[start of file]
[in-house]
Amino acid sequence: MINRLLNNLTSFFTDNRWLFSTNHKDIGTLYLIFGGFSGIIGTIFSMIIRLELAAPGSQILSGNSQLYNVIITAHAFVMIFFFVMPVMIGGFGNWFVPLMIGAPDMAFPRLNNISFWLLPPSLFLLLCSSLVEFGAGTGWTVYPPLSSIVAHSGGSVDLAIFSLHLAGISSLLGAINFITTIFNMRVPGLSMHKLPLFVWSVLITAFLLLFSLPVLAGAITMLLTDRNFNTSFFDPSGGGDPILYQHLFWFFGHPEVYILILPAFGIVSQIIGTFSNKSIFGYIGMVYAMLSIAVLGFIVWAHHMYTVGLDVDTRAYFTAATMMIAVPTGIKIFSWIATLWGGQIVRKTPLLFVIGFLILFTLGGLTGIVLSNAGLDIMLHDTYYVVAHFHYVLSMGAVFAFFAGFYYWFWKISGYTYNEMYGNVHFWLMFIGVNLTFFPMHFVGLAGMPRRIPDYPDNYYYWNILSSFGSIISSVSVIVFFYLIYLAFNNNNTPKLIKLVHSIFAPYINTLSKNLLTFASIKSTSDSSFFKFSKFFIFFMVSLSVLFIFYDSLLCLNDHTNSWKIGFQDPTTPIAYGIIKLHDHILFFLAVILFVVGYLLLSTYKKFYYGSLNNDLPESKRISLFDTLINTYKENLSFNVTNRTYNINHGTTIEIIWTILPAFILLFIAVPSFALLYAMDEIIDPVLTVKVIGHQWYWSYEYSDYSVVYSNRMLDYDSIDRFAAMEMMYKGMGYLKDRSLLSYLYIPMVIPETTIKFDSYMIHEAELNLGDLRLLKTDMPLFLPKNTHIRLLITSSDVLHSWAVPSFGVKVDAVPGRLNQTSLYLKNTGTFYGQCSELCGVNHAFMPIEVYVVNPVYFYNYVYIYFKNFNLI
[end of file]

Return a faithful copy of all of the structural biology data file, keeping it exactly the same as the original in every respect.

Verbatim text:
[in-house]
Amino acid sequence: MINRLLNNLTSFFTDNRWLFSTNHKDIGTLYLIFGGFSGIIGTIFSMIIRLELAAPGSQILSGNSQLYNVIITAHAFVMIFFFVMPVMIGGFGNWFVPLMIGAPDMAFPRLNNISFWLLPPSLFLLLCSSLVEFGAGTGWTVYPPLSSIVAHSGGSVDLAIFSLHLAGISSLLGAINFITTIFNMRVPGLSMHKLPLFVWSVLITAFLLLFSLPVLAGAITMLLTDRNFNTSFFDPSGGGDPILYQHLFWFFGHPEVYILILPAFGIVSQIIGTFSNKSIFGYIGMVYAMLSIAVLGFIVWAHHMYTVGLDVDTRAYFTAATMMIAVPTGIKIFSWIATLWGGQIVRKTPLLFVIGFLILFTLGGLTGIVLSNAGLDIMLHDTYYVVAHFHYVLSMGAVFAFFAGFYYWFWKISGYTYNEMYGNVHFWLMFIGVNLTFFPMHFVGLAGMPRRIPDYPDNYYYWNILSSFGSIISSVSVIVFFYLIYLAFNNNNTPKLIKLVHSIFAPYINTLSKNLLTFASIKSTSDSSFFKFSKFFIFFMVSLSVLFIFYDSLLCLNDHTNSWKIGFQDPTTPIAYGIIKLHDHILFFLAVILFVVGYLLLSTYKKFYYGSLNNDLPESKRISLFDTLINTYKENLSFNVTNRTYNINHGTTIEIIWTILPAFILLFIAVPSFALLYAMDEIIDPVLTVKVIGHQWYWSYEYSDYSVVYSNRMLDYDSIDRFAAMEMMYKGMGYLKDRSLLSYLYIPMVIPETTIKFDSYMIHEAELNLGDLRLLKTDMPLFLPKNTHIRLLITSSDVLHSWAVPSFGVKVDAVPGRLNQTSLYLKNTGTFYGQCSELCGVNHAFMPIEVYVVNPVYFYNYVYIYFKNFNLI